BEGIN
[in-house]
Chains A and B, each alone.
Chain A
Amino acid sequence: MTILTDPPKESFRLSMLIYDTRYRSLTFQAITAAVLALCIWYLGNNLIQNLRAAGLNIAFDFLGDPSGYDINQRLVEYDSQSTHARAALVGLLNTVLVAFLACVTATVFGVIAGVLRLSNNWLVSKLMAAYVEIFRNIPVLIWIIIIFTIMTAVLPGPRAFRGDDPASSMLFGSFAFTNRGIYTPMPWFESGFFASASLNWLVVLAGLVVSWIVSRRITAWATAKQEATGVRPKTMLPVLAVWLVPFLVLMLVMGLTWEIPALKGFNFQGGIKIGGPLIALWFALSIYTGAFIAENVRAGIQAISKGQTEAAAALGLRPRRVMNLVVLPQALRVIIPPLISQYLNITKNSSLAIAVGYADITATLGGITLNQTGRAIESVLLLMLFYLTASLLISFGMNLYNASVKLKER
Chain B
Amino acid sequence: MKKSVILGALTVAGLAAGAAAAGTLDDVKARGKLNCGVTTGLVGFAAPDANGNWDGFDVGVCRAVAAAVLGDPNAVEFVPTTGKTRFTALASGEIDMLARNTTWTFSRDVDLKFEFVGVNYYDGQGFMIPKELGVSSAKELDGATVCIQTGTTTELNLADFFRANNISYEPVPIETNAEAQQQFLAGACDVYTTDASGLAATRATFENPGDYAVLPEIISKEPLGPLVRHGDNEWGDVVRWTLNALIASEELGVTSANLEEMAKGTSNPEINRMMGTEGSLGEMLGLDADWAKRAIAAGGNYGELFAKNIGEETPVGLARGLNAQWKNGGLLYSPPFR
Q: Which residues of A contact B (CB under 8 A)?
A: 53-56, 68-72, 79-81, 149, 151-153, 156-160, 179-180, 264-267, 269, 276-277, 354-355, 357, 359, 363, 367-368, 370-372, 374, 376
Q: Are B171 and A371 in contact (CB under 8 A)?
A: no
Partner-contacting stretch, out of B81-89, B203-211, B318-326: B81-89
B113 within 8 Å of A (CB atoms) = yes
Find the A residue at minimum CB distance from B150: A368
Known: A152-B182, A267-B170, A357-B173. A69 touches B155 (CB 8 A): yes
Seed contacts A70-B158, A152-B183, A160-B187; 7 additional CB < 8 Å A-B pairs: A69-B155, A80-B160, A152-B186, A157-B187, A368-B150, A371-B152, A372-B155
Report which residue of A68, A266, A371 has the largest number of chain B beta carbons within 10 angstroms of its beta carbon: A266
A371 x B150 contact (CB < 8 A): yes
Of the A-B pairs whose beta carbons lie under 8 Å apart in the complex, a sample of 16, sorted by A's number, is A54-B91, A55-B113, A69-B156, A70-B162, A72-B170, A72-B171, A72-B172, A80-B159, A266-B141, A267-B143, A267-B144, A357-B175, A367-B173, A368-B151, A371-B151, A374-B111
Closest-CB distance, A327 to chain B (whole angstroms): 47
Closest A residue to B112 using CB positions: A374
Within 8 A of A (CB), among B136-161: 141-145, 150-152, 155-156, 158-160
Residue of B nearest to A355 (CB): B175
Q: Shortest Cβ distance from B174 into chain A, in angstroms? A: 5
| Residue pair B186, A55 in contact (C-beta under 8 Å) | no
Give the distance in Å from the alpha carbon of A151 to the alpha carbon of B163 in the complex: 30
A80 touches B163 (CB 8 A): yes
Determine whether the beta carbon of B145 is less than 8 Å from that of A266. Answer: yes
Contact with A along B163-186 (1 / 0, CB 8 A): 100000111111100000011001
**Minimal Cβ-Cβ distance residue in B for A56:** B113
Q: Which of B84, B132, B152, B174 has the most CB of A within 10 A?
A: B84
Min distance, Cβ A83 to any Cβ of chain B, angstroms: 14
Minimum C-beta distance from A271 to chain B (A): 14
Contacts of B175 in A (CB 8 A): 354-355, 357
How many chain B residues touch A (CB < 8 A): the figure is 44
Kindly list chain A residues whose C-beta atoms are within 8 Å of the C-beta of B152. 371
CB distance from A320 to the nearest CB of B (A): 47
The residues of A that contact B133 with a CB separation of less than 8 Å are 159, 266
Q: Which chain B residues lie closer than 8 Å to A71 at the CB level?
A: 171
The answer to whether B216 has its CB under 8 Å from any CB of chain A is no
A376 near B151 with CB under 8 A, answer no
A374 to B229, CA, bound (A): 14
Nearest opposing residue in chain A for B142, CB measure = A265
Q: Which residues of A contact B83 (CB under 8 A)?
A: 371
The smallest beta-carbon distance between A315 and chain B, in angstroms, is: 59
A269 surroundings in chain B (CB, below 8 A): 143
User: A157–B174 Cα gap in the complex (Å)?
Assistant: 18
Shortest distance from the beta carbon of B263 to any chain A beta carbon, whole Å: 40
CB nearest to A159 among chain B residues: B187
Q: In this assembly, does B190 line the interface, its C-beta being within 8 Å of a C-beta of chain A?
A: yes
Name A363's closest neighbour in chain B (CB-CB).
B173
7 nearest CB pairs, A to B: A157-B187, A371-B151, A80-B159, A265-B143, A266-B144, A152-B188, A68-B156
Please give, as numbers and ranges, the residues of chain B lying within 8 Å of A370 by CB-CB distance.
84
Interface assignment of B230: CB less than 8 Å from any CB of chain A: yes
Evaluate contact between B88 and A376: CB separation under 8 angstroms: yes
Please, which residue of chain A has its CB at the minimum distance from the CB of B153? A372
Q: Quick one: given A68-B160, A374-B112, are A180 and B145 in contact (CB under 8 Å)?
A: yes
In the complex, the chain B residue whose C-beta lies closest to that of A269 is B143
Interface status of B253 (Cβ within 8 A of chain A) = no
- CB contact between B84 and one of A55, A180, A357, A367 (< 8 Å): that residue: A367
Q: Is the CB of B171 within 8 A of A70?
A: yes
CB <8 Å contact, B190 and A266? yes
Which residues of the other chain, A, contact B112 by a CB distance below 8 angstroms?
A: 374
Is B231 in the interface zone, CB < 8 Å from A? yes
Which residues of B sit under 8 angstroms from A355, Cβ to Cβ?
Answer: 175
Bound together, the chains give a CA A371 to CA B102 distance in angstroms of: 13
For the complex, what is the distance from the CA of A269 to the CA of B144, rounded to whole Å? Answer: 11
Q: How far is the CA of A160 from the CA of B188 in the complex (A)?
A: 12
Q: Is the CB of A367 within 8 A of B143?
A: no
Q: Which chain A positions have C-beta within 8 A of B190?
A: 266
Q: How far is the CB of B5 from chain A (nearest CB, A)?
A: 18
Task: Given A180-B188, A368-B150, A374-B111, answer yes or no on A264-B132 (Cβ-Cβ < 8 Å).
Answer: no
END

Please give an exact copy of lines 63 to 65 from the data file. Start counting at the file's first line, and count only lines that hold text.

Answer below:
Q: Quick one: given A68-B160, A374-B112, are A180 and B145 in contact (CB under 8 Å)?
A: yes
In the complex, the chain B residue whose C-beta lies closest to that of A269 is B143